July 31, 2017
Back Up a vCenter Server Appliance: How-To
One of the downsides with earlier versions of the vCenter server appliance or VCSA was the lack of a native backup mechanism within the appliance to perform backups of your vCenter data. With VMware vSphere vCenter 6.5 and the new VCSA 6.5 appliance, we have the new native backup ability within the appliance VAMI interface to perform backups of our vCenter database, events, configuration, etc. The native backup mechanism allows us to quickly and easily capture backups of our VCSA appliance and have these available in case we need to restore our configuration. Let’s take a look at what we need to configure to be able to capture our VCSA backups and the actual process required to setup the backup itself.
Setup a Backup Server to Receive the Backups of vCenter Server Appliance
The first step to getting ready to perform a backup of our vCenter Server Appliance is to setup a server that can be used as the target for the HTTPS, HTTP, SCP, FTPS, or FTP backup connection from our VCSA appliance. For the purposes of the following lab, we are using the Filezilla FTP server loaded on a Windows server that provides the target connectivity to our backup process from our VMware VCSA appliance. While the process to configure a specific application may be different from vendor to vendor, the basic steps required are the same. We setup our listening service on the server side along with credentials to authenticate and a target directory where our backups will actually be placed from our VMware VCSA appliance.
Below we have loaded Filezilla FTP server and we are looking at the general settings of configuring the server. We need to add a user account we can use to authenticate to the Filezilla server from our VCSA appliance.
We name our user that we want to be used with the vCenter server appliance backup. Note we can utilize groups here, however, we don’t have to as we simply need a user with permissions to connect to the server and write the files in the directory.
We can click the Password box and set a password for our user.
If we click the Shared folders option we can click Add and set a directory as the home directory.
Here we can browse out to the folder we want to set as the home directory for uploading files.
For the lab, I simply gave all permissions to the user – Read, Write, Delete, etc. However, you only need write, create directories, and read.
Now that we have our FTP server setup and ready to go with a user, password, home directory, and permissions to that directory, we can setup our VCSA appliance backup. To setup the backup, we login to the VAMI interface of the VCSA appliance which is a different port than the standard vSphere client interface. To access, navigate to the https://<vcsaappliance:5480> address.
Just a quick look at protocols that are supported for the VCSA backup – HTTPS, HTTP, SCP, FTPS, and FTP.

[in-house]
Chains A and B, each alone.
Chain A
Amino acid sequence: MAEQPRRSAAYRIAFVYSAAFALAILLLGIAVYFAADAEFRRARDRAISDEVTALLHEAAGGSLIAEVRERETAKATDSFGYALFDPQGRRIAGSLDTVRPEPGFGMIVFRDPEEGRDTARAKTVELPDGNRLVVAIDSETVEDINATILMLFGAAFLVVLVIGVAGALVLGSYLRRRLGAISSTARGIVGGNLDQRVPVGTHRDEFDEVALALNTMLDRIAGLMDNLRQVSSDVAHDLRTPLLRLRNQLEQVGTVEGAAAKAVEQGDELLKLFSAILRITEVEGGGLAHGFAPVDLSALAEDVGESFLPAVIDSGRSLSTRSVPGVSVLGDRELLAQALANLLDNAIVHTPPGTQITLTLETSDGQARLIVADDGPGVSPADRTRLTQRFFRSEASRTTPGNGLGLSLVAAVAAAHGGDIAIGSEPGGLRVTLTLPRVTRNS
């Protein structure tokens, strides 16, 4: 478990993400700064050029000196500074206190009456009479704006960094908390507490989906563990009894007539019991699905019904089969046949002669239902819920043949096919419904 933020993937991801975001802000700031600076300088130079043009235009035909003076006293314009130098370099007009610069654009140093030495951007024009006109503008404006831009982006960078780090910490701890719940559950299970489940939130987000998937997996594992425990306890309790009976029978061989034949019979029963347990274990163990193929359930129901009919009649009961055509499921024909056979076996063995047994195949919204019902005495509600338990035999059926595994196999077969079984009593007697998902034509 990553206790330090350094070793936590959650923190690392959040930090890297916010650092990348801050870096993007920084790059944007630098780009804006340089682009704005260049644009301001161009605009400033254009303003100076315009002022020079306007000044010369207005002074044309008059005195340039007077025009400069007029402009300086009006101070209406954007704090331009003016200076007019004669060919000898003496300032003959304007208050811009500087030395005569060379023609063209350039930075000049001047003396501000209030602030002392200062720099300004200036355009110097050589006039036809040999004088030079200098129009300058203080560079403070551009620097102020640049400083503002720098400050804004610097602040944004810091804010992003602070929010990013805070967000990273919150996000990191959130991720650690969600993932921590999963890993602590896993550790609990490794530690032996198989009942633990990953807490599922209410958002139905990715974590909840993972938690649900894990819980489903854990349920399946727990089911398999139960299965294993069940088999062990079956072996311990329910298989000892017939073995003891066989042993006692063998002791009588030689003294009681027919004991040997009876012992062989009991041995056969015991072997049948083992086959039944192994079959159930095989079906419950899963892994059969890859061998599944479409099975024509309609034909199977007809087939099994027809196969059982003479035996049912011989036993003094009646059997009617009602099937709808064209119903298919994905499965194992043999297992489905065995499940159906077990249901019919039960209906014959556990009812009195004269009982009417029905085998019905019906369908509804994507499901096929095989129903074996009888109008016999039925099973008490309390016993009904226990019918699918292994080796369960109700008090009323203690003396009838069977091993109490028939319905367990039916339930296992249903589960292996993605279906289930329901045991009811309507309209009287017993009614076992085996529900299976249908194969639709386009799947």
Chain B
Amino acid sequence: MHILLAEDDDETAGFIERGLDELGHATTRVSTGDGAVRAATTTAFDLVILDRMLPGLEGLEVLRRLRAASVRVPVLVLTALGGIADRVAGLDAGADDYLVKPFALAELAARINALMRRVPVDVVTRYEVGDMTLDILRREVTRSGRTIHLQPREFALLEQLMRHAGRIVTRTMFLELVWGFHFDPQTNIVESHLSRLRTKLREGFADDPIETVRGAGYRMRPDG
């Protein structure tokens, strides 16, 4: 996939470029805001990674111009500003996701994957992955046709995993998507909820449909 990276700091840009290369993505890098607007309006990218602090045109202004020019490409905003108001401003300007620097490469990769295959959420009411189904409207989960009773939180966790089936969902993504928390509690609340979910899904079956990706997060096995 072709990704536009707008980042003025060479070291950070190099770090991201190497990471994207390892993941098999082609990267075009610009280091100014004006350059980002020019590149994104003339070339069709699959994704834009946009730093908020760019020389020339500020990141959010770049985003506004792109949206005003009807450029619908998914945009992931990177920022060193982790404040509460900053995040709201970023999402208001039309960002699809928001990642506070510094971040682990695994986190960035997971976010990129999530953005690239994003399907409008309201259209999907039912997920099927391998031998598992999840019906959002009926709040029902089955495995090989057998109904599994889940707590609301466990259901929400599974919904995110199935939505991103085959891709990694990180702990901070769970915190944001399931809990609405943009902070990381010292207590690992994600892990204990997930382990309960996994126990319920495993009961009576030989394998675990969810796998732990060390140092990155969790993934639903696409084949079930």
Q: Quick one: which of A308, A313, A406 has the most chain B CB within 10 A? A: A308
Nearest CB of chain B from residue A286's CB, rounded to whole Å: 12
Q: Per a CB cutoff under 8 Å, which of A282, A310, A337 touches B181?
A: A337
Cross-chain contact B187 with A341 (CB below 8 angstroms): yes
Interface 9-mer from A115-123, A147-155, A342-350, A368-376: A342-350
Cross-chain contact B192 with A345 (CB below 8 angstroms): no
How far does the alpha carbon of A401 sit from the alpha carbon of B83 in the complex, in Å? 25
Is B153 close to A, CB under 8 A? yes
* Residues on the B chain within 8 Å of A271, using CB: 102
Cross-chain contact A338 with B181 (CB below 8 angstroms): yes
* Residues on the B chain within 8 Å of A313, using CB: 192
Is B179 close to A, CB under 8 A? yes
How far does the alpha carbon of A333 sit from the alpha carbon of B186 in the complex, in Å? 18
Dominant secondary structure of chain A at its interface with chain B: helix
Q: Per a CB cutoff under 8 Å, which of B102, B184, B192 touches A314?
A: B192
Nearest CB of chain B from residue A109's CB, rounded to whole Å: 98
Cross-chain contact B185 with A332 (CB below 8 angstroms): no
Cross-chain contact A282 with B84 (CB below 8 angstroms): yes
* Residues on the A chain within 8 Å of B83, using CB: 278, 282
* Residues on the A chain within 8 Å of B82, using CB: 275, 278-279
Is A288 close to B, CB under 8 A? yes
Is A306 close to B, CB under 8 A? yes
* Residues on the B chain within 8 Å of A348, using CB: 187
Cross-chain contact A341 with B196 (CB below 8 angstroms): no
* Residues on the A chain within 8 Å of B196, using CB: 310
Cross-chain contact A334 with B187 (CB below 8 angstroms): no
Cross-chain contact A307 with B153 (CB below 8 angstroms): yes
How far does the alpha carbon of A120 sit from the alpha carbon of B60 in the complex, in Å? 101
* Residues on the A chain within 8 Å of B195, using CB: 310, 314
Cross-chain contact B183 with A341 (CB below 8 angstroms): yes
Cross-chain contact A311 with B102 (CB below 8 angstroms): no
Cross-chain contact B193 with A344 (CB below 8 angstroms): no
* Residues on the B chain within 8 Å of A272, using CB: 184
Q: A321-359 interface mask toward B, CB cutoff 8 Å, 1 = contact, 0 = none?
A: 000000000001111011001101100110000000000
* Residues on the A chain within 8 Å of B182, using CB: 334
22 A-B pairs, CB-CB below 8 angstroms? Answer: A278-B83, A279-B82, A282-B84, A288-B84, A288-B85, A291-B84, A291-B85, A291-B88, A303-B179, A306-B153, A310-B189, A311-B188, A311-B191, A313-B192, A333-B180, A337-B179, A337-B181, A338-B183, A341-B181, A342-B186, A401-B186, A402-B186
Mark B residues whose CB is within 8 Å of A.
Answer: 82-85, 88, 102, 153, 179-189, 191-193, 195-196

Some noted configuration below are the Location which is the address of our FTP or other protocol server. Note the trailing “slash” after the server address. We need this if we simply want to target the home directory without utilizing a subdirectory. The User name, and password are the credentials we configured above on our FTP server. Also, note how we can Encrypt Backup Data for additional security measures. We do see the note about HTTP and FTP protocols being unsecure.
Once we click Next, we move on to the screen where we can select the parts of our appliance that we want to backup. A note here as shown, the minimum components to restore the appliance configuration will be backed up by default. We can uncheck stats, events, alarms, and tasks if we choose.
After a few moments, we will see the sizes for both estimated.
Finally, we are ready to complete our backup configuration. Click Finish to begin the backup process.
We will see the backup process progress as various components of the configuration are backed up.
Finally, we should see the backup job finish successfully.
If we look at our backup directory on the server after the backup completes successfully, we will see the backup files populated from our appliance.
The new mechanism to backup the VMware vSphere vCenter Server Appliance in the vSphere 6.5 release provides a great way to backup the VCSA configuration. We lacked this native ability in version 6.0.X and lower which made it more difficult to recover a configuration to another appliance or restore the existing appliance to a functional state. Using this backup process in conjunction with a CBT backup of the VCSA appliance using Nakivo Backup & Replication makes for a robust solution of having all the bases covered in protecting our vCenter environment. Having good backups in place for vCenter becomes crucially important when we use VMware technologies such as the vSphere Distributed switch that lives at the vCenter level. Be sure and leverage this new backup functionality with the VCSA 6.5 appliance as it provides an additional reason to upgrade VMware vSphere environments from 6.0 to 6.5.